Not so special circumstances: 5 year housing land supply shortfall does not justify Green Belt housing development
Following a six-day inquiry, the Inspector has dismissed an appeal against Hertsmere Borough Council’s refusal of outline permission for 37 dwellings on the Green Belt. The Council’s reasons for refusal were supported at appeal by the Rule 6 Party, Shenley Parish Council, who also raised concerns regarding amenity.
The Inspector upheld the Council’s and Parish Council’s case that the development would cause significant harm to Green Belt openness, agreeing that the Appellant had underplayed the site’s contribution to the Green Belt purpose of safeguarding the countryside from encroachment.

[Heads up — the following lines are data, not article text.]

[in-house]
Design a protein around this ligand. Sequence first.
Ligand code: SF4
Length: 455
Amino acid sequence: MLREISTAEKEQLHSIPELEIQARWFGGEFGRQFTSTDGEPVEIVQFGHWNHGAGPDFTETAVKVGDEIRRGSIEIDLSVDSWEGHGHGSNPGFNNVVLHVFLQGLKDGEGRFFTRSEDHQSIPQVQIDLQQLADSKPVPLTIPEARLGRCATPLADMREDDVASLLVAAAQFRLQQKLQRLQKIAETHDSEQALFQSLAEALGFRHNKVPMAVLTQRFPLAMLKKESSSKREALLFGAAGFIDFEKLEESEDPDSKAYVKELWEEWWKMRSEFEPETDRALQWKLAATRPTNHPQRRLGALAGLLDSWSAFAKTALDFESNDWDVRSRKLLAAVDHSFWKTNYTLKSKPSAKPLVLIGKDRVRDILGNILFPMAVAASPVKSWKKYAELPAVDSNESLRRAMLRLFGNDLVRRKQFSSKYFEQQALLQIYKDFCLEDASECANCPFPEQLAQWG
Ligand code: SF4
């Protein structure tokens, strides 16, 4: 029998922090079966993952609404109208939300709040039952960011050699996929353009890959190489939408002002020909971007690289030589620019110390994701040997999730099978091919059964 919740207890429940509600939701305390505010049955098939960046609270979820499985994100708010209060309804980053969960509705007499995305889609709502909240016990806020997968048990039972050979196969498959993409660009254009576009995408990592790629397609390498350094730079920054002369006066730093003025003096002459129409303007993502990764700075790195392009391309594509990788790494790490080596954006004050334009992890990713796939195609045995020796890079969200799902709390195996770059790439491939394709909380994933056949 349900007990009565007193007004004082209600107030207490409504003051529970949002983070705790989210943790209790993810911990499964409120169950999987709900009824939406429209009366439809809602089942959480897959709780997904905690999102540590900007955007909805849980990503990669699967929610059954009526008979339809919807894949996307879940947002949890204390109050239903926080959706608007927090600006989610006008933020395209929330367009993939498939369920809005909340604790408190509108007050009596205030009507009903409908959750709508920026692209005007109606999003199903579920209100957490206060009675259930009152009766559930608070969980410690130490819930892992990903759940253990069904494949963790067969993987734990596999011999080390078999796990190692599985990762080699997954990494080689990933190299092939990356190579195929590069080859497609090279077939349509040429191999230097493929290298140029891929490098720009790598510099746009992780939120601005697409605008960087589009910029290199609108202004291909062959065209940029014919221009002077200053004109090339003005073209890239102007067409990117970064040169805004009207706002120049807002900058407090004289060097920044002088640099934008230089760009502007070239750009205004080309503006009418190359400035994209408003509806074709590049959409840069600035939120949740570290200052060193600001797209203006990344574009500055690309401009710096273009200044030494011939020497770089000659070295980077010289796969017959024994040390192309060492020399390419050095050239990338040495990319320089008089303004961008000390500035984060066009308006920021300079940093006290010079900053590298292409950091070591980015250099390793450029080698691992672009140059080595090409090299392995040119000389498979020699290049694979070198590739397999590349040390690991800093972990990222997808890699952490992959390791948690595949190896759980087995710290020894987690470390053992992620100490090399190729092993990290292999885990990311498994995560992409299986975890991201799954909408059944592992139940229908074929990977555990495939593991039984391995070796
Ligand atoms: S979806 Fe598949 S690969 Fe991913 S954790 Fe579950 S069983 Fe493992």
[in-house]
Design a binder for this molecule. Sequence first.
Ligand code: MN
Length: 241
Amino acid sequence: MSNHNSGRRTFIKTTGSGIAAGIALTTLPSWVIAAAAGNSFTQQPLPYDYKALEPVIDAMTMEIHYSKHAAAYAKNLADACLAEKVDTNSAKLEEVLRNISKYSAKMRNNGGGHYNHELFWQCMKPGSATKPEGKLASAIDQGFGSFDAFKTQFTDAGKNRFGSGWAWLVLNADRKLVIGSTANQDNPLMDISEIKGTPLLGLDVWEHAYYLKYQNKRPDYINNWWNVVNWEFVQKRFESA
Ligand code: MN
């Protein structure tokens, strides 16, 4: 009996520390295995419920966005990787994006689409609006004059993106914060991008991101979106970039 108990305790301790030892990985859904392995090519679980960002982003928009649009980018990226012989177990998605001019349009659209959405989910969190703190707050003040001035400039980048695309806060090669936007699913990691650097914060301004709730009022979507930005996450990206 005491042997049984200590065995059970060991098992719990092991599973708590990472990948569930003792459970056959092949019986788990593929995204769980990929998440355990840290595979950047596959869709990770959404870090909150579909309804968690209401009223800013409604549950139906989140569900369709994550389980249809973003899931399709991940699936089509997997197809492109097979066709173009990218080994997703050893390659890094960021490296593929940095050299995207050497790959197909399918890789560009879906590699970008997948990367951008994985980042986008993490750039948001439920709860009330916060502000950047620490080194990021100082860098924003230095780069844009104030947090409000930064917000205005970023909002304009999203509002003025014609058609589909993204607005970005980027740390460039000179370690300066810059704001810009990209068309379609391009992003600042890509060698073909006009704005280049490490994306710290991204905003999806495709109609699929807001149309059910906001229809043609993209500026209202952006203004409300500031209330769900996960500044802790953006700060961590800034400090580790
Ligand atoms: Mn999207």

The decision emphasises the importance of putting into context the extent to which a scheme would address a housing land supply shortfall. The 37 dwellings and affordable housing contribution at only 5% over the policy requirement proposed by the development were “relatively modest”.
The other benefits of the scheme: a biodiversity net gain of 10% and economic, social and public space benefits were not deemed to be out of the ordinary for a development of this type. The Inspector found that the benefits taken as a whole did not clearly outweigh the totality of the harm. No very special circumstances had been demonstrated, as is necessary to justify development in the Green Belt.
The decision is of great relevance to the many LPAs affected by the ongoing tension between the primacy given to Green Belt protection by national planning policy and ever increasing political pressure to deliver more housing at a time of nation-wide shortage.
Josef Cannon and Olivia Davies represented Hertsmere Borough Council, instructed by Bright Owusu.
Ben Du Feu represented Shenley Parish Council, instructed by Claire Saffer of Gunnercooke.